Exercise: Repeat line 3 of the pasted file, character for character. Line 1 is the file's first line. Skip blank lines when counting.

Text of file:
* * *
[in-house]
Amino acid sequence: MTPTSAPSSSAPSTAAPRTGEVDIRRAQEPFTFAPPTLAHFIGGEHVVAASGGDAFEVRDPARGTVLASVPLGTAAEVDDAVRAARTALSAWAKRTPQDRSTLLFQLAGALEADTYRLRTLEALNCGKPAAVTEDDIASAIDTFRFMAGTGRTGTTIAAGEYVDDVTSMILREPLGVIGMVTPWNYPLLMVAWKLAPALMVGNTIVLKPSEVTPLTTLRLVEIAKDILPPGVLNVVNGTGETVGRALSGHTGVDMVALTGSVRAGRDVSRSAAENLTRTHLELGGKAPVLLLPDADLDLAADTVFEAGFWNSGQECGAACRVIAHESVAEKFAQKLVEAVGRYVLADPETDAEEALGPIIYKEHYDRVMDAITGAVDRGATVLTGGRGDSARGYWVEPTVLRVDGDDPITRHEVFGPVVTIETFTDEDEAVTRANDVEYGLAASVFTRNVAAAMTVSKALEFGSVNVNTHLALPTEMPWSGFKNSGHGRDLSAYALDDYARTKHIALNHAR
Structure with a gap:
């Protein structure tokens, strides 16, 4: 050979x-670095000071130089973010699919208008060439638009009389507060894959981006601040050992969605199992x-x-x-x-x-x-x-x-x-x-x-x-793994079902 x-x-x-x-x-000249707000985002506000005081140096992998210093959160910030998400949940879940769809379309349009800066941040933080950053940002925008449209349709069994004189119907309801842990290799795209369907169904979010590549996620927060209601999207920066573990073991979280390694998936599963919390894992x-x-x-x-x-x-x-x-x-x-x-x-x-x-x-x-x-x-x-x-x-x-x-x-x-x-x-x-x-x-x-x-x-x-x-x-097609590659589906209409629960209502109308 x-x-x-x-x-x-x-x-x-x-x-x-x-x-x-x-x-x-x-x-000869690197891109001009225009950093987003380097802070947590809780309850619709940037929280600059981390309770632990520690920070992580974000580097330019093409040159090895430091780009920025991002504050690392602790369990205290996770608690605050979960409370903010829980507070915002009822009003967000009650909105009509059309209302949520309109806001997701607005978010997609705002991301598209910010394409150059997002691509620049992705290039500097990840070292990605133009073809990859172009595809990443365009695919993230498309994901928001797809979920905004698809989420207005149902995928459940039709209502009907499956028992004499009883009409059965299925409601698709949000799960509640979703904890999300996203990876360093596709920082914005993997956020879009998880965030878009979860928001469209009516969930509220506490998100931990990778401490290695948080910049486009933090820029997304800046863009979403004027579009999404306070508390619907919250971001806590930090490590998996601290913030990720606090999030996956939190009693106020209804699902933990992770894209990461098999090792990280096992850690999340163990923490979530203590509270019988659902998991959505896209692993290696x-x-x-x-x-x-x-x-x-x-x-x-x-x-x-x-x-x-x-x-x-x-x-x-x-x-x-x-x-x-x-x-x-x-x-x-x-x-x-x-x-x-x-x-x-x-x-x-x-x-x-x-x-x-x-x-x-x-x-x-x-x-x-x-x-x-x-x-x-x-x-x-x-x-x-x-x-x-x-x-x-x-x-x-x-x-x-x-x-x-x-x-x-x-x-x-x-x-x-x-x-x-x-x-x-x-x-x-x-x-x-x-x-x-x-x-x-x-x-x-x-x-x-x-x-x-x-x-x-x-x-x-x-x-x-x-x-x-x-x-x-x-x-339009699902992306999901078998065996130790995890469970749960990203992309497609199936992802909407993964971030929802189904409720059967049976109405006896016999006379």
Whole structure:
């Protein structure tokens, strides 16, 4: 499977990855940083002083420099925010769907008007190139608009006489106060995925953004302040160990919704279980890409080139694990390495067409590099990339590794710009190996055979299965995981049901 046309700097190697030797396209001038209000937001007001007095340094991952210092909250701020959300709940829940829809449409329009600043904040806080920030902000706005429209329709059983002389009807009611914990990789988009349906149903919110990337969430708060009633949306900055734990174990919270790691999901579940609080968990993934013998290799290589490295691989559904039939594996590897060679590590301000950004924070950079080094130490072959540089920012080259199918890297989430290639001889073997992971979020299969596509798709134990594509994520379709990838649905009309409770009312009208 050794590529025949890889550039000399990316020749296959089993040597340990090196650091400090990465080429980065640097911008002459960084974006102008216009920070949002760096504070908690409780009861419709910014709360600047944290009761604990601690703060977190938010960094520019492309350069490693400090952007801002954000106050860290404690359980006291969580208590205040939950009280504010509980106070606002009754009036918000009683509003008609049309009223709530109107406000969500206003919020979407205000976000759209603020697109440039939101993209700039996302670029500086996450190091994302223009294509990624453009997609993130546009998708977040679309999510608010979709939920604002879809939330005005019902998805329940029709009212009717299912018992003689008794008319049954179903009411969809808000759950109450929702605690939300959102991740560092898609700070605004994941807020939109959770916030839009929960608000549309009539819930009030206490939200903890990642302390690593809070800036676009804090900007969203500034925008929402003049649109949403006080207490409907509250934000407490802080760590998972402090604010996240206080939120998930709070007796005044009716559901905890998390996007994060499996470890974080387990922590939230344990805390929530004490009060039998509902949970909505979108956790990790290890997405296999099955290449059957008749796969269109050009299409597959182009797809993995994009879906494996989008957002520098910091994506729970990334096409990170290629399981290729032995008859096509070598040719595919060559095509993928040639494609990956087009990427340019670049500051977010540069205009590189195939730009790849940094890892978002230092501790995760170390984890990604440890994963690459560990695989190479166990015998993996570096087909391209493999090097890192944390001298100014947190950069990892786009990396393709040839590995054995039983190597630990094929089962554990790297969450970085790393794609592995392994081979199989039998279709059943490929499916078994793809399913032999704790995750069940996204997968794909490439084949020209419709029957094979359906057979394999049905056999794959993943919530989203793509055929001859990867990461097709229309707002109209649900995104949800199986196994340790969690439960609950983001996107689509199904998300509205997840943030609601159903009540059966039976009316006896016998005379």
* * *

Structure with a gap: